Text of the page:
You’ve been through it more times than you’d care to count: As you trying to manage your growing stress throughout the chaos of a busy work day, there’s (always!) at least one person who is keeping their cool. Don’t they notice the crises you’ve been rushing between?

And have you ever wondered how those de-stressed, ever-calm people keep it all together on a daily basis? The truth is, they’re neither superhuman nor oblivious — they just practice daily habits that keep their stress levels under control. And the good news is that you can learn from them. According to Michelle Carlstrom, the senior director of the Office of Work, Life and Engagement at Johns Hopkins University, it’s all about tailoring tricks to fit your needs.

“My number one recommendation is you have to find the strategies that work for you and work to make those strategies a habit,” Carlstrom told The Huffington Post. “I think people feel less stressed — even when they’re really busy — if they’re able to live out personal values that matter to their life. Whatever your values are, if you don’t get to practice them its hard to feel calm.”

By adopting your own personal stress-busters, the chaos of life can become a lot more manageable. But how to start? Carlstrom says relaxed people take an inventory of how they deal with stress and then figure out healthy strategies to balance out coping mechanisms that aren’t beneficial. Below find seven simple strategies calm people make an effort to integrate into their lives on a daily basis.

They focus on finding their center.

It’s no secret that meditation and mindfulness produce numerous health benefits, but perhaps the practice’s most significant impact is the effect it has on stress. People who stay de-stressed find their center through stillness — whether it’s through meditation, simply concentrating on their breath or even prayer, Carlstrom says. “[These practices] help a person push pause, reflect and try to stay in that moment to reduce racing thoughts and reduce interruptions,” she explained. “I believe any strategy that aims to do that absolutely reduces stress.”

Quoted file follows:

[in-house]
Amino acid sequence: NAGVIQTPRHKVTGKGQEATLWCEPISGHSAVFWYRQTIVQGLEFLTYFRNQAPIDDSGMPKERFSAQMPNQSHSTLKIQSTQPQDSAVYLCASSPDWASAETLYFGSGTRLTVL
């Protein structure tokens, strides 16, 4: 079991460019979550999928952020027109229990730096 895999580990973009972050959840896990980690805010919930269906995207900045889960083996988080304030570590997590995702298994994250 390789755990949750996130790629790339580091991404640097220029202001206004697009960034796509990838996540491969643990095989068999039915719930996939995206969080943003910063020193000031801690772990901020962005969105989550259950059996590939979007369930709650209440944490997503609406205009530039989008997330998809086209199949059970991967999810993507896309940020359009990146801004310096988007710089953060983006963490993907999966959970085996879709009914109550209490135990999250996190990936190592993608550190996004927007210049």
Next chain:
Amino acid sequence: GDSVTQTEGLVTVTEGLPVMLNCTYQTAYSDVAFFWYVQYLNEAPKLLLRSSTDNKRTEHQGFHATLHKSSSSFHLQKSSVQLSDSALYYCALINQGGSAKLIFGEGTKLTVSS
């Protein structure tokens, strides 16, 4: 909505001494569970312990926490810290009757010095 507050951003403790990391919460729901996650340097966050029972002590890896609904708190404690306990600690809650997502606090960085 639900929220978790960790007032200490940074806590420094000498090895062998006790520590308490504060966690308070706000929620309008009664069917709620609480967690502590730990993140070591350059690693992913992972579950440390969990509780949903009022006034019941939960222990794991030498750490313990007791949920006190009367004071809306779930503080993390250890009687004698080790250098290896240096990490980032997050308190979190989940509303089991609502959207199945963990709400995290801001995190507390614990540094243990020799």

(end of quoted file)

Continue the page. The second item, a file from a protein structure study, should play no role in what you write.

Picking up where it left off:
Meditation and spirituality even help some of the busiest people in the world unwind. Oprah Winfrey, Lena Dunham, Russell Brand and Paul McCartney have all spoken out on how they’ve benefited from the practice — proving that the activity can fit into even the craziest of schedules.

They express gratitude.

Expressing gratitude doesn’t just make you feel good — it has a direct effect on stress hormones in the body. Research has found that those who were taught to cultivate appreciation and other positive emotions experienced a 23 percent reduction in cortisol — the key stress hormone — than those who did not. And research published in the Journal of Personality and Social Psychology found that those who record what they are grateful for not only feel happier and more energized, they also have fewer complaints about their health.

According to gratitude researcher Dr. Robert Emmons, there are plenty of benefits in being thankful that contribute to overall well-being. “Philosophers for millennia have talked about gratitude as a virtue that makes life better for self and others, so it seemed to me that if one could cultivate gratefulness it could contribute to happiness, well-being, flourishing — all of these positive outcomes,” Emmons said in a 2010 talk at the GreaterGood Science Center. “What we found in these [gratitude] experiments three categories of benefits: psychological, physical and social.”

During his study on gratitude, Emmons found that those who practiced gratitude also exercised more frequently — a key component in keeping stress in check.

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